Increase in soluble carbohydrate content may occur at the beginning of stress as a result of growth cessation and by the intensity of water deficit, due to starch degradation (Pimentel 1999, Sircelj et al. 2005, Medeiros et al. 2012). In the present study, soluble carbohydrates increased in leaves and roots likely due to growth interruption (Table 6).

The synthesis of free amino acids is also affected by drought. Recent studies indicate that the main function of amino acid accumulation may be related to the osmotic adjustment (Sircelj et al. 2005, Silva et al. 2009, Medeiros et al. 2012). In the present work, increases were observed in amino acid concentrations in the water suppression treatment, what may attest the function of osmoregulation and/or osmoprotection of these compounds. It is also important to point out that the increase in amino acid levels was not due to proteolysis since, in this study, no reduction in soluble proteins was observed, but increases as a function of the stress imposed.

Free proline content generally increased due to water stress in the present work in the leaves and roots in both varieties of sugarcane. Such a situation was observed in other sugarcane varieties also (Queiroz et al. 2008, Cha-um and Kirdmanee 2009). According to Ashraf and Foolad (2007), the accumulation of proline is the first response of plants exposed to water stress in order to reduce injuries to the cells. The important role of proline to drought tolerance assisting in osmotic adjustment (Kavi Kishor et al. 2005), stabilizing the membrane and eliminating oxygen radicals, and preventing damage to cell structures caused by environmental stresses is a matter of study (Ashraf and Foolad 2007; Silva et al. 2013).

Accumulation of organic solutes, mainly in the roots, has an important role in maintaining the soil water available for the roots, thereby helping to keep the cell turgor. Although substantial increases have occurred on the osmoregulators levels, plants were not able to maintain their cells with optimum turgor under drought, and as a result, cessation of growth and leaf dehydration was observed (Figure 2). The Ψw and RWC on predawn confirmed the low level of cell turgor, presenting lower values on the stressed plants when compared to control and rewatering. The Ψw predawn is known as the most sensitive variable when evaluating water stress in plants, because transpiration does not occur at predawn (Sircelj et al. 2005). Thus, the accumulation of organic solutes, although necessary to maintain the turgor, could be a result of the reduction in the relative water content on the tissue, which tends to concentrate the cell contents.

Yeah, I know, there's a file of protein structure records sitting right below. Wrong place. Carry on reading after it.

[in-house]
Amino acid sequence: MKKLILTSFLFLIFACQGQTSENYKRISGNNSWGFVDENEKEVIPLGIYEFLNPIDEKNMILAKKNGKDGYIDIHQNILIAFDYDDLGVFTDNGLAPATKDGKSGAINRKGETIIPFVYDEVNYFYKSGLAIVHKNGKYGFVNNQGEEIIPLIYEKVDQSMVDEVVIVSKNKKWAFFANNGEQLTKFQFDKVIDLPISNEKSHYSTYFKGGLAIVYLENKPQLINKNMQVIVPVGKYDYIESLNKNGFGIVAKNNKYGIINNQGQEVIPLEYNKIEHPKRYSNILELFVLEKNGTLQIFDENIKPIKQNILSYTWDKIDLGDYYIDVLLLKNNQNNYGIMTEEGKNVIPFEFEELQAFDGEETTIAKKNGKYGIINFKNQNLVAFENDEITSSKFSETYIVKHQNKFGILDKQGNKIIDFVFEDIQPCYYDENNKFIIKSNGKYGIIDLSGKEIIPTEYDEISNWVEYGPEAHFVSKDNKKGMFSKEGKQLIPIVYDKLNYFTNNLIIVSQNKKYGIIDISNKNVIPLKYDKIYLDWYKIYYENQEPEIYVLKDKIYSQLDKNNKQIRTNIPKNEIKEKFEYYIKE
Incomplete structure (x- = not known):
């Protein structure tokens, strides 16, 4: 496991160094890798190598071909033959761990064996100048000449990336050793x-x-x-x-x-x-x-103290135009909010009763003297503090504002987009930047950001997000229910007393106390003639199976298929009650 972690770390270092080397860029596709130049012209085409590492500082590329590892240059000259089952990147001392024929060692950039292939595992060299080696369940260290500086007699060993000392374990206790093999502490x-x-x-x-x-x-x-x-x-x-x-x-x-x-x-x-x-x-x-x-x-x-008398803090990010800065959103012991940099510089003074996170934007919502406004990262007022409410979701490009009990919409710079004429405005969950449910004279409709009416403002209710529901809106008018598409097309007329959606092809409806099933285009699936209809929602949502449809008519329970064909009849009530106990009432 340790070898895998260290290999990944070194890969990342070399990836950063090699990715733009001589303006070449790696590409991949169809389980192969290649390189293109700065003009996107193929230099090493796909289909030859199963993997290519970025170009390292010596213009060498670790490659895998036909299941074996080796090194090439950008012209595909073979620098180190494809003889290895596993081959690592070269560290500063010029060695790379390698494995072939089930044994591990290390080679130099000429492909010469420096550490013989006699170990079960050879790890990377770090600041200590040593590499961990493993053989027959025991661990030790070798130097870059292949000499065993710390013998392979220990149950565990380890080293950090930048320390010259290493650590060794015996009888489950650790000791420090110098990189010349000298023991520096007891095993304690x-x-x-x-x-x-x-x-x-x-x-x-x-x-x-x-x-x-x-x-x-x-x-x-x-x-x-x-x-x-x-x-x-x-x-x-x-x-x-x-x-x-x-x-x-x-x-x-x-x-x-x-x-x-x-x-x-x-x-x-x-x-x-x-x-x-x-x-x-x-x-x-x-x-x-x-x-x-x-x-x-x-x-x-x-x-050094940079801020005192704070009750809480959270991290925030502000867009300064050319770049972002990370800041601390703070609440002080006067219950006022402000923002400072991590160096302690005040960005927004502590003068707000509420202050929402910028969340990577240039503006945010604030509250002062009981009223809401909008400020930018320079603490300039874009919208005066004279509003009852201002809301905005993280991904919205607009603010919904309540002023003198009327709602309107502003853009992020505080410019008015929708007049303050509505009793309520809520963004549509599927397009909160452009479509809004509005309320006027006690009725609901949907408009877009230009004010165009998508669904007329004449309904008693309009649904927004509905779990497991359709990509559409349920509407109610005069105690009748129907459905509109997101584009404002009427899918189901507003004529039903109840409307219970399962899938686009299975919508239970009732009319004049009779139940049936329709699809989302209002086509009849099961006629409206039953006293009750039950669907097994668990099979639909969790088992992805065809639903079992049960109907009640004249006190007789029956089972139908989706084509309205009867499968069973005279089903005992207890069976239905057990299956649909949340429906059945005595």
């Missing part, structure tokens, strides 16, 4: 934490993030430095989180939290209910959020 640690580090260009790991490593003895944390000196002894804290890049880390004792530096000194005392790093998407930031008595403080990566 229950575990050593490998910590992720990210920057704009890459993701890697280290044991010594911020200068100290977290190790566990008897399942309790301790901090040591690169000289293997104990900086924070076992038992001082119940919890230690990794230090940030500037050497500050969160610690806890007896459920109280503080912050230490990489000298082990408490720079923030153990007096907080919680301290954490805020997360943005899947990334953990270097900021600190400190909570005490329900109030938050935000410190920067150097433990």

It is well established that water deficit affects both plant growth and development (Lawlor 2013). Despite the short time between stopping irrigation and rewatering, a sequence of events leading to reductions of dry mass production in both shoots and roots was observed only in stressed plants of the RB867515 variety. It is worth noting that under appropriate water availability, this variety has a faster vegetative development. The decrease in dry mass observed in RB867515 plants during drought stress may be explained, at least partially, due to the both lower gs and reduced apparent carboxylation efficiency. Altogether, these results, coupled with the maintenance of biomass production, even with reductions in gas exchanges, observed in RB962962 plants, indicate that this variety has a higher drought tolerance in comparison with RB867515.

In summary, the varieties of sugarcane studied alter development when subjected to drought, modifying both physiology and metabolism. Specifically, gas exchange was reduced and organic solute concentrations were increased, reducing their water potential to maintain cell turgor. RB962962 was more tolerant than RB867515, because it could slow down the damaging effects of drought on gas exchange, what did not cause significant losses in dry matter production. Moreover, after rewatering, RB962962 was able to recover faster than RB867515, a characteristic that qualifies this variety to support short periods of drought without major losses in the initial phase of its development.



The authors would like to thank the INCT do Bioetanol/ CNPq for financial support, as well as the Estação Experimental de Cana-de-Açúcar do Carpina – EECAC/UFRPE for plant material and soil. We would like to thank Hugo Bentzen (UFRPE) for technical support and Wagner Araújo (Universidade Federal de Viçosa) for suggestions.



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Received: 17 January 2013
Accepted: 11 October 2013